8. I have already pointed out that there was evidence on the defts' side showing that from this point of view the plaintiff's requirement may not be considered by the Court as reasonable requirement as far as these premises are concerned. That point of view has not been directly countered by evidence on the side of the plaintiff nor has it been gone into in the decision of either of the Courts below. Mr. Sannyal rightly objected to the procedure adopted by the defendants in not putting their case straight to the plaintiff's engineer when he was on the box. It was in the trial Court that the case on behalf of the defendants was put by their engineer and who also mentioned practical examples where such work was being done and there was no attempt in either the trial Court or in the Court of first appeal to meet that objection. Obviously, on the plaintiff's side the proper weight of this evidence of the defendants' engineer was not appreciated. In view of the surprise thrown upon the plaintiff in the trial Court the plaintiff certainly is entitled to have this matter gone into fully at length and if necessary to cross examine the defendants' engineer more on this point and to give such rebutting evidence as he may be advised to give. In short, this point raised by the defendants' engineer requires a careful consideration by the Court before any decree in ejectment can rightly be passed.
9. Further, as I have pointed out the question, whether the work can be completed within a time which may even according to Mr. Sannyal's view of law be not unreasonable and make the advantage illusory, is one which should have been decided by the Courts below. It must not be understood that I am giving my opinion at this stage whether Mr. Sannyal's view of the law on this point is right or Mr. Sen's view, but evidence to determine the question muse be first taken.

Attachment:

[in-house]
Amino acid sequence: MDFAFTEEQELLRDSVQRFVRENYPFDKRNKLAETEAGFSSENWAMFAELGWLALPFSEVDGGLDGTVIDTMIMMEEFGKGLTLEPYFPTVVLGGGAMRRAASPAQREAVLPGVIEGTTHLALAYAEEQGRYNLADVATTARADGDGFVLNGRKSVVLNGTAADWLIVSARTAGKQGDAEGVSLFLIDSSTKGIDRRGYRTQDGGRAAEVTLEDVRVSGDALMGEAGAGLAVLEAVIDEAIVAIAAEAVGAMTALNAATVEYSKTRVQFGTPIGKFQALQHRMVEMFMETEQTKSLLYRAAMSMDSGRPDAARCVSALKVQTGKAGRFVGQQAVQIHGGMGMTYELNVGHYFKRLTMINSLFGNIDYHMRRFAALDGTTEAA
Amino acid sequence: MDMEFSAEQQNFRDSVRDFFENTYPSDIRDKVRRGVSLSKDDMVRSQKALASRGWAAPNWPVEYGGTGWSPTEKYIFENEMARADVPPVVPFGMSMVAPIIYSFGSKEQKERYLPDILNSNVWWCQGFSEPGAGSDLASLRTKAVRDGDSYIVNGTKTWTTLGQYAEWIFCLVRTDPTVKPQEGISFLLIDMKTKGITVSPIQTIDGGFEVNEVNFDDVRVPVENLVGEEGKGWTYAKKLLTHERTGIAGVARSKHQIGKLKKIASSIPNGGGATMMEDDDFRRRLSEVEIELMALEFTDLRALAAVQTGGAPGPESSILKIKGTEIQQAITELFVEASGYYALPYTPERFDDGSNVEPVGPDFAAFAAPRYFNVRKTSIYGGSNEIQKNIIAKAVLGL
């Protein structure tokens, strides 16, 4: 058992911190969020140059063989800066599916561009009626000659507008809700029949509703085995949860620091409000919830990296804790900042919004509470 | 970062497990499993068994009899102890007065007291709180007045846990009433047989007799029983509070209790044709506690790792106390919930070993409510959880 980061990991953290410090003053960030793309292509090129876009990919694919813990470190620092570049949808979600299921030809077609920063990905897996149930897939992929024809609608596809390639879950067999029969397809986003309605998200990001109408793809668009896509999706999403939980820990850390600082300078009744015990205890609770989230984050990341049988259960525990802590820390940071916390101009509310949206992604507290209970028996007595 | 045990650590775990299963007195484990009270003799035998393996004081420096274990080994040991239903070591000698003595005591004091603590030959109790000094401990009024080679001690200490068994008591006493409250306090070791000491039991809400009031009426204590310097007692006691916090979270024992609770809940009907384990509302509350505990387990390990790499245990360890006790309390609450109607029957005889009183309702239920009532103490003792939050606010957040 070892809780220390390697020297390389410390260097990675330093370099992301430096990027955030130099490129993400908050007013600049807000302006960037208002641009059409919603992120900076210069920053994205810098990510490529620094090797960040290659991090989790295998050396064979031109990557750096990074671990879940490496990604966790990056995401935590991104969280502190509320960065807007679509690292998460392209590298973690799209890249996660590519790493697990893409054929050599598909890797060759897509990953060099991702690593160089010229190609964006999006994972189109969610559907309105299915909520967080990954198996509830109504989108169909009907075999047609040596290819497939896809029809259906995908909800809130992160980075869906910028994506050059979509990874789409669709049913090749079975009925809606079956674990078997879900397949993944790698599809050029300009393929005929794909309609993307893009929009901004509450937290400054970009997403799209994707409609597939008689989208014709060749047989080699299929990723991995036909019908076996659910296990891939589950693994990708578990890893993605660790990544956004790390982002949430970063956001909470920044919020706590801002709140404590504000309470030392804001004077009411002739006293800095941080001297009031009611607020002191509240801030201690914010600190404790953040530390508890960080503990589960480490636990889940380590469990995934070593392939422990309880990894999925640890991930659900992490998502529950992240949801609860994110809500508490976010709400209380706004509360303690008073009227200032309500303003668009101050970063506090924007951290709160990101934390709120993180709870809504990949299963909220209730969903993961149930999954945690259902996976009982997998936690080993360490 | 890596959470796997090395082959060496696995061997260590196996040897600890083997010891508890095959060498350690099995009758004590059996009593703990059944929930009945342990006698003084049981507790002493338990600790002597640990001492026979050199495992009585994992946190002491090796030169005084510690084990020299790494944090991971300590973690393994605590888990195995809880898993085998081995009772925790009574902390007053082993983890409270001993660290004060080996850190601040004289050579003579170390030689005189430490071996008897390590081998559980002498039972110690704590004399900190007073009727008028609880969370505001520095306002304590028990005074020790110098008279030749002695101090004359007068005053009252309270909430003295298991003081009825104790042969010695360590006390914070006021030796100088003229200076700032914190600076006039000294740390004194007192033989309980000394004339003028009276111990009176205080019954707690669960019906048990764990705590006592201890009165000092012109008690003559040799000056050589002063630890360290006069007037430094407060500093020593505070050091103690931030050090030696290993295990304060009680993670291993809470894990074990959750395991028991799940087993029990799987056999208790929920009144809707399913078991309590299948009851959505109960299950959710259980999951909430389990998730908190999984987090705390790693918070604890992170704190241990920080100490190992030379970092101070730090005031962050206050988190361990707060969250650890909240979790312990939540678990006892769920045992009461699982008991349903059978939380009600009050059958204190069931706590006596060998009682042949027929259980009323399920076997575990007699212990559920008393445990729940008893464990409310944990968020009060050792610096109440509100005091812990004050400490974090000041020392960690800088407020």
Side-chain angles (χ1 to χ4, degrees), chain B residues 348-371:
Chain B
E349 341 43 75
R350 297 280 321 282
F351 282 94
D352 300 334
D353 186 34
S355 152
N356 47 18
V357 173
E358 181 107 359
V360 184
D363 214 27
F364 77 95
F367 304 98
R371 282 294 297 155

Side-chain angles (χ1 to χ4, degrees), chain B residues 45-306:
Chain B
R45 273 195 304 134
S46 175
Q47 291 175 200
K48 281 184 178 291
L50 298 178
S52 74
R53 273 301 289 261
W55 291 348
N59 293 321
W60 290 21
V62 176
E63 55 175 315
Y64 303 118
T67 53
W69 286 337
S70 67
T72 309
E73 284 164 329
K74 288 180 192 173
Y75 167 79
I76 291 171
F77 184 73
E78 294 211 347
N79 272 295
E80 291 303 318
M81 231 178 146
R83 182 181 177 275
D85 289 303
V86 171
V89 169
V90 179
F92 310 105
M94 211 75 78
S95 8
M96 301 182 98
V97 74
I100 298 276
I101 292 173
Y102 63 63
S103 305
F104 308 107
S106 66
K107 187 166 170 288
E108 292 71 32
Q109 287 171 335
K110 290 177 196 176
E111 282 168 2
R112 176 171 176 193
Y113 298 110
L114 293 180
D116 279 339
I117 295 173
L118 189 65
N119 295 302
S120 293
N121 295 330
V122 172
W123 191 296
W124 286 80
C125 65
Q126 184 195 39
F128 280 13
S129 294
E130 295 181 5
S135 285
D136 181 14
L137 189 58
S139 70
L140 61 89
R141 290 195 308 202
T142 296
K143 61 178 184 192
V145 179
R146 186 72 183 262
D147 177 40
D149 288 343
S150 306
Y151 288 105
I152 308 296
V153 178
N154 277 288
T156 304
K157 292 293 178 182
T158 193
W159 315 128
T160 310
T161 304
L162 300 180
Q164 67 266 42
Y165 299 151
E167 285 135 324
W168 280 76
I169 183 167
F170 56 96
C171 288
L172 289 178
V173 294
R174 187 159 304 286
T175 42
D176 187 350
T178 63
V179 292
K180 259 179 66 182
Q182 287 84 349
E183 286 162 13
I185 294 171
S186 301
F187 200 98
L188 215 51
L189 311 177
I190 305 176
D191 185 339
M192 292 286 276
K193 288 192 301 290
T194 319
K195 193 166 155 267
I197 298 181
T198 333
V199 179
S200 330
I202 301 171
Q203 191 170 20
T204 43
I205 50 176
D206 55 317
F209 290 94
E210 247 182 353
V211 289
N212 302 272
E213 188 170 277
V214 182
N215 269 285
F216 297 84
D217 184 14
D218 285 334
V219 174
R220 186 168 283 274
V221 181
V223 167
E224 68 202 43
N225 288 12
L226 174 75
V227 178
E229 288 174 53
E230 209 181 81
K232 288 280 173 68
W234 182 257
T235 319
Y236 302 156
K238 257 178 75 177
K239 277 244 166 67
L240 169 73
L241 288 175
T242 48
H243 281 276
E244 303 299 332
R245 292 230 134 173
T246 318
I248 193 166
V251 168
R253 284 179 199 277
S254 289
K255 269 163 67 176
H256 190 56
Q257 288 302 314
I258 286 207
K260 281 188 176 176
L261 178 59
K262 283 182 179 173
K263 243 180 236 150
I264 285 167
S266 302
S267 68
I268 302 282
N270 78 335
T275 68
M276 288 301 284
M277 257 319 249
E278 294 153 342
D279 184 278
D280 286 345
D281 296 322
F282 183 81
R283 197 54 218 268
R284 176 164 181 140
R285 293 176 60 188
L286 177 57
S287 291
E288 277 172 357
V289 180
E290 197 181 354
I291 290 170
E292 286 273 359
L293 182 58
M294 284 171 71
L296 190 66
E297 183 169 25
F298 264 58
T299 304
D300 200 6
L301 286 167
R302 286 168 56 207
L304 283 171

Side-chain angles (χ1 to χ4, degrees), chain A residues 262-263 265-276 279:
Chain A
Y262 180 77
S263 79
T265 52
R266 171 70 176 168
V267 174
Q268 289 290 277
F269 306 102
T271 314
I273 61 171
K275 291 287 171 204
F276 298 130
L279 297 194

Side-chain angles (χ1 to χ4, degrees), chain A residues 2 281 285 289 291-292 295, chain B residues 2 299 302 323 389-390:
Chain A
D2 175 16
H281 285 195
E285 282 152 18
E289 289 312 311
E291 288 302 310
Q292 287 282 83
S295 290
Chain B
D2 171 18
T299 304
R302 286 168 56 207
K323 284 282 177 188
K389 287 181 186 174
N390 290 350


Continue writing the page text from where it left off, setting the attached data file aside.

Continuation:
10. The result, therefore, is that as the cases were not properly considered by the Courts below they must go back to the trial Court for going into the question of comparative advantage and disadvantage as raised in the evidence of the defendants' engineer in his report and if necessary take further evidence on the point from both parties and allow further cross examination of the defendants' engineer and also for going into the question of time within which the work may be reasonably expected to be completed.
11. In view of the just objection taken by Mr. Sannyal to the conduct of the defendants in keeping their trump card up the sleeve and taking the plaintiff by surprise in the Court below the defendants will pay the costs of these suits upto this stage including these appeals. Further costs will abide the result.
12. Other points, except the question of comparative advantage and disadvantage and the question of time of completion as explained in this judgment, will be final between the parties as they have not been contested in this Court.
13. In view of the time which these cases have taken and in view of the short duration left for this Act before further enactment comes in it is desirable that the enquiry into the matter should be completed as early as possible.
Let the records be sent down without delay.